Richmond, Va., Sept. 20 — When organizers of an international cycling race in Richmond, Va., the former capital of the Confederacy, were planning the event’s route, one of the things they said they considered was “showcasing the best the Richmond region has to offer.”
The UCI (Union Cycliste Internationale) Road World Championships, one of the cycling world’s most prestigious events, had only been held once before in the United States. A series of races, the nine-day event opened Sept. 19. More than 1,000 cyclists are expected to compete before 450,000 spectators and a worldwide television audience of 300 million.
“Richmond 2015,” the local organizing committee for the race, chose the more than 70-foot tall, city-owned monument honoring Jefferson Davis as the race’s halfway turning point. Davis was president of the Confederate States of America. That means the committee chose a political entity formed to defend the right of slave owners to be slave owners to “showcase” Richmond.
The Davis monument is the largest of five that honor Confederate leaders on Richmond’s Monument Avenue, a broad residential boulevard listed on the National Register of Historical Places. Erected 25 years and more after the Civil War, the statues were meant to signal the return to power of the same white-supremacist Southern ruling class that was in charge until 1865.
Besides Davis, the race route includes statues of Confederate generals Robert E. Lee, J.E.B. Stuart and Thomas “Stonewall” Jackson. All these generals owned enslaved people. The route avoids the avenue’s one statue dedicated to an African American: Arthur Ashe, a tennis world champion. Ashe was a Richmonder also known for his AIDS education work and active opposition to South African apartheid.
Far from a fringe group, Richmond 2015 is composed of Virginia’s corporate elite. Its four chairs are Gov. Terry McAuliffe, U.S. Sen. Mark Warner, Richmond Mayor Dwight Jones — all Northern-born Democrats — and Thomas F. Farrell II, CEO of Dominion Resources, the state’s most politically powerful corporation.
Ana Edwards, who chairs the Sacred Ground Historical Reclamation Project of the Richmond-based Defenders for Freedom, Justice & Equality, said her organization had asked the committee chairs to move the race from Monument Avenue to save the city from an international embarrassment.
“They refused,” said Edwards, who counts among her ancestors two women sold from Richmond in the 1840s.
“This is our heritage, this is who we are,” explained McAuliffe, a former chair of the Democratic National Committee who was born in Syracuse, N.Y.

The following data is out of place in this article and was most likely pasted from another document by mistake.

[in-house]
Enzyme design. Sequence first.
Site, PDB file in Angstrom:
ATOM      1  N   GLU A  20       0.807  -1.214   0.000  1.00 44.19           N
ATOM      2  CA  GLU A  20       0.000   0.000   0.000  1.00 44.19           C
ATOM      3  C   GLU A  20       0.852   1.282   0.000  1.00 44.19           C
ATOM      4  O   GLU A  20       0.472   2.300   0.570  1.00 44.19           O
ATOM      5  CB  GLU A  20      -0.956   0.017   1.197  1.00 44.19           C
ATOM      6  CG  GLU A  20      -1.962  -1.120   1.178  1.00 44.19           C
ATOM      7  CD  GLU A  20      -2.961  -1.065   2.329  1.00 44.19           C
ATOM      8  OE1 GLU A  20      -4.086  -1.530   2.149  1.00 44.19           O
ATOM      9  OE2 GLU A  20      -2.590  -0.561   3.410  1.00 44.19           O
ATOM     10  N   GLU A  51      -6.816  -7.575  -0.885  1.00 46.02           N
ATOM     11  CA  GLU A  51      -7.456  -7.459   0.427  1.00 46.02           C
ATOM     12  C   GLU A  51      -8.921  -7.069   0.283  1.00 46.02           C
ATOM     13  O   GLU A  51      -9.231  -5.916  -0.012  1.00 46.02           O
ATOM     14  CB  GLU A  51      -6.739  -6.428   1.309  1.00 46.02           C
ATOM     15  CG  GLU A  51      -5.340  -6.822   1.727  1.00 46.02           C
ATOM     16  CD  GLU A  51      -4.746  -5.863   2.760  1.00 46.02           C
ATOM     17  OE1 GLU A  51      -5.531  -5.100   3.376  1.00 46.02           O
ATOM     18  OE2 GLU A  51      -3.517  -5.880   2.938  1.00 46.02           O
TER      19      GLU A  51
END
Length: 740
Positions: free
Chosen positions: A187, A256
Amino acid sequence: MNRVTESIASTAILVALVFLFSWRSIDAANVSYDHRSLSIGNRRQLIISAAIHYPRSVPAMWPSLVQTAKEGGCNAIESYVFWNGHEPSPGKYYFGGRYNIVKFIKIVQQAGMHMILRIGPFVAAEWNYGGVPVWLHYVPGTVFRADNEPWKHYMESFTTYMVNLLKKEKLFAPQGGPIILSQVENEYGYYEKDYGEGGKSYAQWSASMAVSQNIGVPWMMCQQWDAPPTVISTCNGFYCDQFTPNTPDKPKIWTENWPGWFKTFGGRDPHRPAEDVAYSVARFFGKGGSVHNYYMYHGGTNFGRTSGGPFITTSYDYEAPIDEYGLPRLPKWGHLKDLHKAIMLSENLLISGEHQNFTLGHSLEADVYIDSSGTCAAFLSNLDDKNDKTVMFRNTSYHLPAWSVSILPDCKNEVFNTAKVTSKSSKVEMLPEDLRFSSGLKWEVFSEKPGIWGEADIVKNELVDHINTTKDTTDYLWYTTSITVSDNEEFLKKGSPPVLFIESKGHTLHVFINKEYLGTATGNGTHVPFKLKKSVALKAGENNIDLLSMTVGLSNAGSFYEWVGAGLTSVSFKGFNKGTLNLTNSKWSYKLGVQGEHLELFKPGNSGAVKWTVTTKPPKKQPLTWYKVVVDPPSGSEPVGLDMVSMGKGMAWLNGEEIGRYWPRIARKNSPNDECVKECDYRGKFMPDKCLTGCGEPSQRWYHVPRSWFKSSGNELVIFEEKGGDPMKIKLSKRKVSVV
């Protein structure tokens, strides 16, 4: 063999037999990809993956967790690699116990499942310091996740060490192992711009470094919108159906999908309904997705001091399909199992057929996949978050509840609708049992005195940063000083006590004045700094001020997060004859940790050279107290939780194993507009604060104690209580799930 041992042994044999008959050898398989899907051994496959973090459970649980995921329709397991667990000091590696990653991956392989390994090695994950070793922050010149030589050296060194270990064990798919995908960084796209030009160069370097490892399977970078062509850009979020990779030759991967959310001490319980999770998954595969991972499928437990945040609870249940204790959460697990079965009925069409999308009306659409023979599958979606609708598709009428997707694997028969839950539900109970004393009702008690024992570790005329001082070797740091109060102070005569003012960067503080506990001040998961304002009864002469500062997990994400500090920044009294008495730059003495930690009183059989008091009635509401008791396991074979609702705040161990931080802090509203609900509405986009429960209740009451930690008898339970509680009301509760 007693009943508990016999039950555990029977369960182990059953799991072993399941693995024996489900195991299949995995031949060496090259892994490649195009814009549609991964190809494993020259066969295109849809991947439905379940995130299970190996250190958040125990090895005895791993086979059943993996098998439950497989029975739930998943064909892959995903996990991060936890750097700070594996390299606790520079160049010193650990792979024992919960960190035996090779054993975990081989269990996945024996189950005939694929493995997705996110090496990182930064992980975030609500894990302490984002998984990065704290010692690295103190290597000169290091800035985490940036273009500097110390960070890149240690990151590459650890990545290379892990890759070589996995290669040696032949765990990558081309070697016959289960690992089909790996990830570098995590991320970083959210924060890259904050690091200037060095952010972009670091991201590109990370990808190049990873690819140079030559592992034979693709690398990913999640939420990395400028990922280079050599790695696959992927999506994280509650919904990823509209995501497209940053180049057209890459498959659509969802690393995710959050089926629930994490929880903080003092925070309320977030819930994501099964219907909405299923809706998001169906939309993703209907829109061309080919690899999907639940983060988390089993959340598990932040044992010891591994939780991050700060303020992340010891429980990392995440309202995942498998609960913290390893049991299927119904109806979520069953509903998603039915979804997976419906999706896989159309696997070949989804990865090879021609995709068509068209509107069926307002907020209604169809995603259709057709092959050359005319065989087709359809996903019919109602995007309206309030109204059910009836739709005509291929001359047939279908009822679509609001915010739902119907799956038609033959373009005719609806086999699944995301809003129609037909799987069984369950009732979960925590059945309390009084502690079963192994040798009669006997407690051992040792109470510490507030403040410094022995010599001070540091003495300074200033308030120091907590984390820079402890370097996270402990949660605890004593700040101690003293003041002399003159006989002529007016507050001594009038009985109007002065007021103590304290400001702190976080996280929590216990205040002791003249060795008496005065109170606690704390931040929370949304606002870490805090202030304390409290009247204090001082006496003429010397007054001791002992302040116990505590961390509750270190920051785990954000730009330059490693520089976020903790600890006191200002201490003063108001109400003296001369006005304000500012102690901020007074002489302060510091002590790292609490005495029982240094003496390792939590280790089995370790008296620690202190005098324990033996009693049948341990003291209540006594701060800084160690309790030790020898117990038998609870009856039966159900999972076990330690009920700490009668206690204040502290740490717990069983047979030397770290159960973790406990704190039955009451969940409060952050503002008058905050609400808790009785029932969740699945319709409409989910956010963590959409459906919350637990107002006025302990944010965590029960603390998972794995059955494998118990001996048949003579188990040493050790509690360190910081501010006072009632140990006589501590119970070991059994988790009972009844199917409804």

The Defenders also wrote to the UCI International Committee in Europe, which did not respond.
Confederate symbols nurture racism
Edwards was the main speaker at a Defender-hosted press conference held Sept. 19 in front of the Davis monument. More than 100 supporters attended.
“So we are here today to tell the world that most Richmonders do not support showcasing these monuments to Confederate military and political leaders during this world-famous sports event,” she said, “at a time when cities across the country are removing these symbols of the oppression of Black people precisely because they continue to contribute to the nurturing of racism in today’s world.”
Others speakers were Rebecca Wooden Keel of Black Lives Matter and Deric Beale of Virginia (“Fight for $15”) Raise Up. The National Trust for Historic Resources and Preservation Virginia presented written statements. These two groups are prominent nonprofits working with the Defenders to reclaim and properly memorialize Shockoe Bottom, a neglected section of downtown Richmond that once was the epicenter of the U.S. domestic slave trade.
The Defenders also produced a special edition of their quarterly newspaper, The Virginia Defender, explaining to visitors the significance of Monument Avenue. (www.DefendersFJE.blogspot.com)
Helping to make the race route a national issue, the United National Antiwar Coalition set up an online petition supporting the position of the Defenders, a founding UNAC member organization.
A pro-Confederacy group, the Virginia Flaggers, short of forces to counter-protest the press conference on the ground, chose instead to hire a plane to fly with a Confederate flag above the site.
The Defenders have played a leading role in an ongoing campaign to prevent the mayor, backed by the governor, from building a baseball stadium in the heart of Shockoe Bottom. The two sides now have competing plans for the area’s development. For information, see SacredGroundProject.net.